Tag Archives: goldsmiths

Back in the office – Weeknote #267 – 12th April 2024

Back to a full week, after a couple of shorter weeks. It’s still school holidays in the West, so the roads were quieter as were the trains. Well there was a few issues with the trains, but not big issues.

As it was the holidays I was in the office every day this week. Some days the office was busy and noisy, and on other days it was quieter. Friday it was very quiet.

Most of the week was researching reading, thinking, and writing.

On Tuesday I attended the HEAnet Group Advisory Forum, which is a group which supports HEAnet in Ireland. I attend as an international expert.

There are numerous stories across the press now about the financial (and other) challenges that various universities are facing. The Guardian reports on The Goldsmiths crisis: how cuts and culture wars sent universities into a death spiral.

Arts education is essential – yet on both sides of the Atlantic, the humanities and critical thinking are under attack. With massive redundancies announced at this London institution, is it the canary in the coalmine?

The article notes how what is happening at Goldsmiths is reflecting what is happening elsewhere in the sector.

Yet in many ways, what’s happening at Goldsmiths is a vivid thumbnail sketch of the crises, both accidental and deliberately manufactured, hitting the entire sector, bar a very few stunningly well-funded universities from the high-profile Russell Group.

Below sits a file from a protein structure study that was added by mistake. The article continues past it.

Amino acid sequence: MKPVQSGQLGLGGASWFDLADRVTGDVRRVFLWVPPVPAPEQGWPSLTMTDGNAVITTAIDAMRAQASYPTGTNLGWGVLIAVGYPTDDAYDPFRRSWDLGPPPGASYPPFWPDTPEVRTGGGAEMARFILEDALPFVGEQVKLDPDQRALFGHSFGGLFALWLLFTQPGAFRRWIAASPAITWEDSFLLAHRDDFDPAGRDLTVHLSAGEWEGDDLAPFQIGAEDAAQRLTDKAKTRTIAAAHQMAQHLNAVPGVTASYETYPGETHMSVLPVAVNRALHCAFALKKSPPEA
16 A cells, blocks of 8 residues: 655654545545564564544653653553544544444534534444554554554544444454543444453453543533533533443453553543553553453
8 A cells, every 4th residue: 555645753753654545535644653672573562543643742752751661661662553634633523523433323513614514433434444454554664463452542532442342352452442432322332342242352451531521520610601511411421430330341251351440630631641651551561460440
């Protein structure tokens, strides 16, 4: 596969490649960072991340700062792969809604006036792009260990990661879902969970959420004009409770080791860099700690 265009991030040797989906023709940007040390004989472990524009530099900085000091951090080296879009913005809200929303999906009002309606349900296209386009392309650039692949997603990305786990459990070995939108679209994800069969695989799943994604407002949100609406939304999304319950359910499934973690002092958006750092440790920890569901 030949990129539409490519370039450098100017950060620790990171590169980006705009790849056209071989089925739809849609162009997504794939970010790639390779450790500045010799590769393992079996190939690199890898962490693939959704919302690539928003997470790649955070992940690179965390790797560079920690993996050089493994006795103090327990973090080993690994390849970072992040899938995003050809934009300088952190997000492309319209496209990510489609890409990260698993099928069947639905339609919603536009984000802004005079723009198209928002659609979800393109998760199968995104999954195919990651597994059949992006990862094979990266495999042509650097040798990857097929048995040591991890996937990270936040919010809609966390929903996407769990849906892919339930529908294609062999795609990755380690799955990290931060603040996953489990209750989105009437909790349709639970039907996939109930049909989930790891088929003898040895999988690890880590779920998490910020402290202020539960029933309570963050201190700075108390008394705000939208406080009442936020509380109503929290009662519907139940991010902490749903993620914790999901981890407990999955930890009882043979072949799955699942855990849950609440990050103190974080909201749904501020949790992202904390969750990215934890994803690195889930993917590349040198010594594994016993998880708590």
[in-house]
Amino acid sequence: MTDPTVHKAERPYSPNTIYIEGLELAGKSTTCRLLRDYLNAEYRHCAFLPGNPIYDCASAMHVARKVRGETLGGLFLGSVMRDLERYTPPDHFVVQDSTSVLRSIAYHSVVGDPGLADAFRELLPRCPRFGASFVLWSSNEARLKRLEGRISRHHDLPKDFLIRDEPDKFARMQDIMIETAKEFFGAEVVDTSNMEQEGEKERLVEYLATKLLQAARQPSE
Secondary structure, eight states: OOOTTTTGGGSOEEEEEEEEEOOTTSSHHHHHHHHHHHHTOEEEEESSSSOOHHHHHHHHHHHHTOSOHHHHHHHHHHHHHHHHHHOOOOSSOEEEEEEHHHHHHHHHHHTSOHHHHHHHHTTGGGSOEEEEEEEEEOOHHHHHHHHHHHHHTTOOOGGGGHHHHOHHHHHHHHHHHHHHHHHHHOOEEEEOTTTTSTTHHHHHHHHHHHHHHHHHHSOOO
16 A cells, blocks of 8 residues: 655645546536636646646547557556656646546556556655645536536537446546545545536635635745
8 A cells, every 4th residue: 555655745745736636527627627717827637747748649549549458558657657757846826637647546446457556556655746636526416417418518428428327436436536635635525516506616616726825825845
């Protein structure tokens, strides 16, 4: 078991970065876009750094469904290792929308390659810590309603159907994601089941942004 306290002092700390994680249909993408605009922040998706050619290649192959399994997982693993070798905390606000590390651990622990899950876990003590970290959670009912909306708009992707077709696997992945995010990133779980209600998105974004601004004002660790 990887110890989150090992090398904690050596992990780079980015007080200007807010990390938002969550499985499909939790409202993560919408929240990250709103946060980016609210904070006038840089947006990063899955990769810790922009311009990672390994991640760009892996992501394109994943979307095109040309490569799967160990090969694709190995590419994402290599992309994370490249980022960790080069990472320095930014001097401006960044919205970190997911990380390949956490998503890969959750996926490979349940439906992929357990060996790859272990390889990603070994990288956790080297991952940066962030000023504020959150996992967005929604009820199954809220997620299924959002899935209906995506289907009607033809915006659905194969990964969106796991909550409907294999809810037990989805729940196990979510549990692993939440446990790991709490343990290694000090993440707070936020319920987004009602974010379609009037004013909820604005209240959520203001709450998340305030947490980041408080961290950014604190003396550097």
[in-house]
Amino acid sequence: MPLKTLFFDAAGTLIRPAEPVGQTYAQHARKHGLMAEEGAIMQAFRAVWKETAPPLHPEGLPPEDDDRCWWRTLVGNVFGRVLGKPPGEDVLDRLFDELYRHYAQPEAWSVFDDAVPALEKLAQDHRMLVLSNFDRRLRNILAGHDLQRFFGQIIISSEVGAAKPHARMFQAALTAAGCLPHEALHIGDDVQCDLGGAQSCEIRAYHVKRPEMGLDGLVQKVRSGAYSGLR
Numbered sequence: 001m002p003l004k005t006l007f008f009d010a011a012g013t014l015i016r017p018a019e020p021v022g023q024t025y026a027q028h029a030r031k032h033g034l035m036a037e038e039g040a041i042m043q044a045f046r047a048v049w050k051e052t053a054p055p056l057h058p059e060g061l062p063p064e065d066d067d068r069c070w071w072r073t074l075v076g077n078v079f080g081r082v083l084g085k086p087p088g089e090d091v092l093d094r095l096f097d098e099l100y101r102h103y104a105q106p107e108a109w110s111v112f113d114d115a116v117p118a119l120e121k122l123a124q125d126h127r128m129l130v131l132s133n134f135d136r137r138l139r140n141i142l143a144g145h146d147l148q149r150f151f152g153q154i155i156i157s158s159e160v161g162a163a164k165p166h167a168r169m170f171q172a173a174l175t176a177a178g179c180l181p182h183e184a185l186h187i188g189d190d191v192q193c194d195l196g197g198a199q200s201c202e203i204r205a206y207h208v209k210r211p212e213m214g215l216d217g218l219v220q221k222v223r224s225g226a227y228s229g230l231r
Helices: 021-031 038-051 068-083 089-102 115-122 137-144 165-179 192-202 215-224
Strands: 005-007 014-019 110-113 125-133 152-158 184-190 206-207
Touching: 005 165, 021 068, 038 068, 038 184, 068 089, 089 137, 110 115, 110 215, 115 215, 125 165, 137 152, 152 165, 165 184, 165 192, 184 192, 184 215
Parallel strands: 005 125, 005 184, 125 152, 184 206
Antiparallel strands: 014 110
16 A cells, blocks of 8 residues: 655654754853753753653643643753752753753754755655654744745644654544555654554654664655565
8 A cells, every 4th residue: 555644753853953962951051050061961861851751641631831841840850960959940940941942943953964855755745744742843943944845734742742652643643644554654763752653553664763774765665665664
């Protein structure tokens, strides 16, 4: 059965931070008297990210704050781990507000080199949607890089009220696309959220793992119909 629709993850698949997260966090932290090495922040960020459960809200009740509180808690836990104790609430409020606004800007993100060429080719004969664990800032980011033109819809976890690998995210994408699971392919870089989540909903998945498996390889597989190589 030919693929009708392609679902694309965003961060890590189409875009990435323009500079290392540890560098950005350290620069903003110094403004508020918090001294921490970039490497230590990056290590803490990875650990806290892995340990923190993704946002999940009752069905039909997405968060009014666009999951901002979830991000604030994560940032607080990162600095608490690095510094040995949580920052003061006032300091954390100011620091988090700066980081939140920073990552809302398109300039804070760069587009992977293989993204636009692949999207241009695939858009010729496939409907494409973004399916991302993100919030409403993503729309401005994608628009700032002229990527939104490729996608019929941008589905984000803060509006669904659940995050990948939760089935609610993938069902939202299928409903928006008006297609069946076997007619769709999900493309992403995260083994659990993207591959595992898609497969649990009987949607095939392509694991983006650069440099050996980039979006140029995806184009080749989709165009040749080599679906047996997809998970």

Despite the sector being very collaborative and mutually friendly, underneath there is a fierce competitive streak. Changes in how university education was funded exposed this. As the article notes when fees were set at £9000 per year.

…Andrew McGettigan, author of the Great University Gamble and expert in university funding and finance, says: “Suddenly classroom subjects were getting a lot more than the cost of delivering teaching, so you could fund research time in your department out of the money you were getting from your students.” You could also cross-subsidise more expensive subjects. This led to what he calls “a great sucking sound” as larger, more prestigious institutions pulled in humanities students because they were very lucrative. 

The sector is facing huge challenges, and they will need to change. What that change is and what it looks like, we don’t’ really know.

Spent some time discussing our away day which is happening later this month, I am doing a session on the challenges that the higher education sector is facing.